In late December, West Virginia union members and supporters gathered in the small town of Elkview, about 20 minutes from Charleston. Dozens of linemen, coal miners, educators, plumbers and others lined the roadside outside Tudor’s Biscuit World to show their support for the fast food store’s organizing effort local.
Tudor’s has a grip on West Virginia’s imagination – it’s the state’s signature breakfast chain, where hungry travelers can choose from about 20 varieties of cookie-based breakfast sandwiches with creative names. Workers at the fast food chain’s Elkview site have been engaged in a organizing effort for months, born after years of grievances over allegations of verbal abuse, low pay and long hours.
During the rally, one of the organizers, Cynthia Nicholson, shouted along with the crowd, chanting “Rise up! To come down! Elkview is a union town! Cynthia helped lead the union effort because, she says, she had less to lose. She makes ends meet with a union pension from her recently deceased husband and had taken up the job alongside her son, Daniel, as a way to introduce some structure into her life.
Nicholson said after a few months of verbal abuse from management, backbreaking work, inconsistent schedules, low pay and stifled conversations with disgruntled co-workers, she decided her store needed to organize itself. . She contacted Local 400 of the United Food and Commercial Workers to see if she could convince her colleagues to join. Half the store showed up for a first meeting at a local Italian restaurant. Within a week, 20 of the store’s 25 employees had signed union cards.
Discontent has simmered in the small town of Tudor for years, but the combination of the COVID-19 pandemic and the perception of increased union activity has fanned the flames.
Current employee Jennifer Patton said working for $9.50 an hour, which does not include benefits, often made her feel unsafe.
“I worked with someone for three consecutive days […] who tested positive for COVID that Saturday, and they didn’t tell us at all,” Patton said.
When she went to the company’s human resources department, she said she was told she didn’t need to know when her colleagues tested positive for COVID-19.
Grievances in all sectors
Labor leaders and reporters have called the nation’s tumultuous fall a “strikewave” – a season of simmering discontent in the American working class, featuring household names like Kelloggs and Nabisco. In West Virginia, the year ended in a tumultuous series of events, from strikes to labor campaigns, across Huntington, Charleston and the southern coalfields.
Although West Virginia has long been associated with coal miner strikes, recent actions have taken place in industries that represent a wider range of West Virginians from different walks of life – people who work in health care, fast food, steel and non-profit organizations.
Huntington, West Virginia has a long history as a union town. Workers at the Cabell Huntington Hospital and the specialty metals plant owned by Warren Buffett cited this background as inspiration for their fall strikes, both of which resulted in contentious contract negotiations, such as the ‘ReSource reported in November.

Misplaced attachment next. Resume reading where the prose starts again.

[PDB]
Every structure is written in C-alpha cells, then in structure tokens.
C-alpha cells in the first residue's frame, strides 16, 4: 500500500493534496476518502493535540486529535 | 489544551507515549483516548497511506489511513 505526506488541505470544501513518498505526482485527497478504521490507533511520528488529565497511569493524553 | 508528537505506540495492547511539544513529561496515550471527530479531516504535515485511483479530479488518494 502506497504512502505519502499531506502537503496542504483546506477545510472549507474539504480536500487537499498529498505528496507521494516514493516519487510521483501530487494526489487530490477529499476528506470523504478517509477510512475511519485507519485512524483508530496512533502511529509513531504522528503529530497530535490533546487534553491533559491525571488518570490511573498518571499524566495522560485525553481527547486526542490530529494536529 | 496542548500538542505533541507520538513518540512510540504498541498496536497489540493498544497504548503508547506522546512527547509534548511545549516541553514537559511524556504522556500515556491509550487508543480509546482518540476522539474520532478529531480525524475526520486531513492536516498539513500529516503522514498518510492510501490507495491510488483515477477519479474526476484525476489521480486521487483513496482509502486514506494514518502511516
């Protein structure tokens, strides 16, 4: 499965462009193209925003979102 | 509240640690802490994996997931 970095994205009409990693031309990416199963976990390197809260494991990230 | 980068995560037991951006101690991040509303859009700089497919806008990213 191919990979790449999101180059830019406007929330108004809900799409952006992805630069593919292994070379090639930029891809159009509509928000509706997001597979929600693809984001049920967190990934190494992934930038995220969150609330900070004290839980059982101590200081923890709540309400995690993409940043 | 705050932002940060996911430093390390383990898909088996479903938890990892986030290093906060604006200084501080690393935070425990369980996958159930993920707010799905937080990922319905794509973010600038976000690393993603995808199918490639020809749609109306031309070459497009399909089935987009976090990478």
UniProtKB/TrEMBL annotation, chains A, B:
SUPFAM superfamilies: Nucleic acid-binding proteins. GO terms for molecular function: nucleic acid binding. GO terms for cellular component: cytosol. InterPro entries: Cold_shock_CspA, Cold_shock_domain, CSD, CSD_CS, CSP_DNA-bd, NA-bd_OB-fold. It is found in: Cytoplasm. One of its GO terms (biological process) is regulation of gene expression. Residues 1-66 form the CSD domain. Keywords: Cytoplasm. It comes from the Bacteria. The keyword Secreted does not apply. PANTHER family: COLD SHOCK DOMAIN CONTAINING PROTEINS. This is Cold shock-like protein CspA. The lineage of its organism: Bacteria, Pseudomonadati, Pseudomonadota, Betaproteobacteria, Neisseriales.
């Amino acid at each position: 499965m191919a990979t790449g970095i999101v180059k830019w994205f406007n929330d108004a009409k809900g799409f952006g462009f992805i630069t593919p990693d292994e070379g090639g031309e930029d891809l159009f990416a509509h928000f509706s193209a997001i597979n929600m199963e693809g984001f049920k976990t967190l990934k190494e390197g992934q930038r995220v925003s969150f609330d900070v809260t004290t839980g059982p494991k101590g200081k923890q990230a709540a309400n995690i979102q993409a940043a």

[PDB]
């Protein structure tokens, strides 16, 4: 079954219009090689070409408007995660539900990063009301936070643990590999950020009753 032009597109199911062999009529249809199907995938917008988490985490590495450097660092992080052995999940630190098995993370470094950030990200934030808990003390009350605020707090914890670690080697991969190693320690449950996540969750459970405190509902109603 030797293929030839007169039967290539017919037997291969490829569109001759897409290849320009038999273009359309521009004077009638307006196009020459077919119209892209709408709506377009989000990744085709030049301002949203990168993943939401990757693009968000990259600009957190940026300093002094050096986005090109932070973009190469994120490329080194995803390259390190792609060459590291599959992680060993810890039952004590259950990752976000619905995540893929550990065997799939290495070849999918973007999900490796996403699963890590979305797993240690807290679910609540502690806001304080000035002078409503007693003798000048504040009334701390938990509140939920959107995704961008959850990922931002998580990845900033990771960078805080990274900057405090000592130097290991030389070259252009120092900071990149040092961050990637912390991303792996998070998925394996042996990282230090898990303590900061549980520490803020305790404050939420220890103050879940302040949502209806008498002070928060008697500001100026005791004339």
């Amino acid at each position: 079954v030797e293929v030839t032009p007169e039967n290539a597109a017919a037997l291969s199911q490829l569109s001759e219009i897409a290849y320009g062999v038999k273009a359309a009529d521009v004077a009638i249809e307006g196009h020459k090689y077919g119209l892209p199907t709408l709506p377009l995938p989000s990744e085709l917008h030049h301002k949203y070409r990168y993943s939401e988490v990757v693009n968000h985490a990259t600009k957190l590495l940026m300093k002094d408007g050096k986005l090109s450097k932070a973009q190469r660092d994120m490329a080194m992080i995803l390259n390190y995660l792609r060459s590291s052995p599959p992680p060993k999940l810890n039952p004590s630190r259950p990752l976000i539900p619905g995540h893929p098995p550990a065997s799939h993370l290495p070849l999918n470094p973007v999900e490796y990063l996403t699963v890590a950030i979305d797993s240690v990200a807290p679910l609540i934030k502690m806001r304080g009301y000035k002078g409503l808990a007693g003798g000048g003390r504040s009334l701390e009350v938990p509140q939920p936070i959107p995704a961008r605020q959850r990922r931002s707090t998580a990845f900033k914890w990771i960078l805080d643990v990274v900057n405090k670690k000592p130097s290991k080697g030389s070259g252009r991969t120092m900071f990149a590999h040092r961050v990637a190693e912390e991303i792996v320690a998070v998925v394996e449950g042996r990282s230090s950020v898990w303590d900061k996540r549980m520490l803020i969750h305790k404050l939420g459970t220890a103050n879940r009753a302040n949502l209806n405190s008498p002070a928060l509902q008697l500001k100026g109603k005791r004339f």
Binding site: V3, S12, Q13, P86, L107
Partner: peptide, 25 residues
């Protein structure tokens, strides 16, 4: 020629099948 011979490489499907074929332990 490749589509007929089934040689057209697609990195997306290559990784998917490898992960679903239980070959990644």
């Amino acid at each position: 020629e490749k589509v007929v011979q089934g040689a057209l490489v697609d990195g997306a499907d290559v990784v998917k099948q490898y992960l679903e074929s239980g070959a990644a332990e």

Workers at both companies cited safety concerns and employer-sponsored cuts to health benefits as the main reason for the walkouts.
Fran Barker operates the “pickle line” at Special Metals – a dangerous process that uses acid to treat the metal.
“What upsets me the most is just before the strike, we shut down a factory for safety reasons,” Barker said. “And things were not arranged […] so how do you expect us to work safely? »
Barker and some of her female co-workers, who call themselves the “Women of Steel”, have prepared breakfast, lunch, dinner and take-out meals for their striking co-workers. They hoped that the December negotiations would lead to a favorable outcome, but that did not happen.
Special Metals and Cabell Huntington Hospital hired highly paid temporary replacement workers during the strike. Cabell Huntington Hospital concluded negotiations in early December with a contract, and nurses have been back to work for nearly two months. Privately, some expressed frustration that the contract did not go far enough and include a reduction in benefits for retirees.
And in January, after picketing until Christmas, 75 Special Metals workers received layoff notices, effective Feb. 7.
Employer reprisals are a reality
The public is increasingly aware of labor issues, but unions still face enormous challenges.
Maxim Baru, an organizer with International Workers of the World, has spent the past few months helping to organize staff at the Ohio Valley Environmental Coalition, a regional nonprofit, after complaints of long hours, sleepless nights and low salaries.
“Just because there’s a new sense of momentum doesn’t mean it’s totally more advantageous,” Baru said. “Many employers still have huge financial and political advantages over their employees.”